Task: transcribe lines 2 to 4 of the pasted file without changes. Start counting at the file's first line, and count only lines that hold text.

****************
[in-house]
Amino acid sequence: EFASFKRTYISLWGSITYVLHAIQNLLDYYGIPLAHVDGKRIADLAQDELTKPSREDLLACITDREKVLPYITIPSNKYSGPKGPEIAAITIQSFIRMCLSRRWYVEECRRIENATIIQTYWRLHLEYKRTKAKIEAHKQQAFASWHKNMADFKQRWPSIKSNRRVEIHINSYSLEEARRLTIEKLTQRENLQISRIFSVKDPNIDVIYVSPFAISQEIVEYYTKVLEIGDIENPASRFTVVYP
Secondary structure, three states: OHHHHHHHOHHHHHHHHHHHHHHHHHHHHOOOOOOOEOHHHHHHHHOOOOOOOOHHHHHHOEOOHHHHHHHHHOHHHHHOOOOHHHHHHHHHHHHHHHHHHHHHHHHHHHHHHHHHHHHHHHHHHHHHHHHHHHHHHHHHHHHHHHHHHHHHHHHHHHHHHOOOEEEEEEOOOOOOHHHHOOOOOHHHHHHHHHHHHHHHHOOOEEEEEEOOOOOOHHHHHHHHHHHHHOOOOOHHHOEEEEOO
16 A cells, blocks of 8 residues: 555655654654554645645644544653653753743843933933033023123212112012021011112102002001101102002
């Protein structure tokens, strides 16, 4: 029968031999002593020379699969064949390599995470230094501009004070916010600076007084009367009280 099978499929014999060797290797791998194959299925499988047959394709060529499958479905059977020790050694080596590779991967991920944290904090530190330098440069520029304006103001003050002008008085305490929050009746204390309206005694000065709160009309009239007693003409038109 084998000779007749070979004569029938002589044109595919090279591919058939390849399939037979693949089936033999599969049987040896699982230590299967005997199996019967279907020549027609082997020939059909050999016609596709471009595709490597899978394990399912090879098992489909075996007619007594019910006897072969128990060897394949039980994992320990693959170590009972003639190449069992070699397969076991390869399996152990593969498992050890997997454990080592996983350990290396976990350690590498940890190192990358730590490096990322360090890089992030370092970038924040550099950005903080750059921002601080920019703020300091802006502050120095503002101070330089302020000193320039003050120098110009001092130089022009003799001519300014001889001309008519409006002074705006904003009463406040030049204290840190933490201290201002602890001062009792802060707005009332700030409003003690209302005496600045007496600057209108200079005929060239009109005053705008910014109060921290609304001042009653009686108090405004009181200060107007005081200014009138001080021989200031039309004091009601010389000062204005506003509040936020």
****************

Amino acid sequence: EFASFKRTYISLWGSITYVLHAIQNLLDYYGIPLAHVDGKRIADLAQDELTKPSREDLLACITDREKVLPYITIPSNKYSGPKGPEIAAITIQSFIRMCLSRRWYVEECRRIENATIIQTYWRLHLEYKRTKAKIEAHKQQAFASWHKNMADFKQRWPSIKSNRRVEIHINSYSLEEARRLTIEKLTQRENLQISRIFSVKDPNIDVIYVSPFAISQEIVEYYTKVLEIGDIENPASRFTVVYP
Secondary structure, three states: OHHHHHHHOHHHHHHHHHHHHHHHHHHHHOOOOOOOEOHHHHHHHHOOOOOOOOHHHHHHOEOOHHHHHHHHHOHHHHHOOOOHHHHHHHHHHHHHHHHHHHHHHHHHHHHHHHHHHHHHHHHHHHHHHHHHHHHHHHHHHHHHHHHHHHHHHHHHHHHHHOOOEEEEEEOOOOOOHHHHOOOOOHHHHHHHHHHHHHHHHOOOEEEEEEOOOOOOHHHHHHHHHHHHHOOOOOHHHOEEEEOO
16 A cells, blocks of 8 residues: 555655654654554645645644544653653753743843933933033023123212112012021011112102002001101102002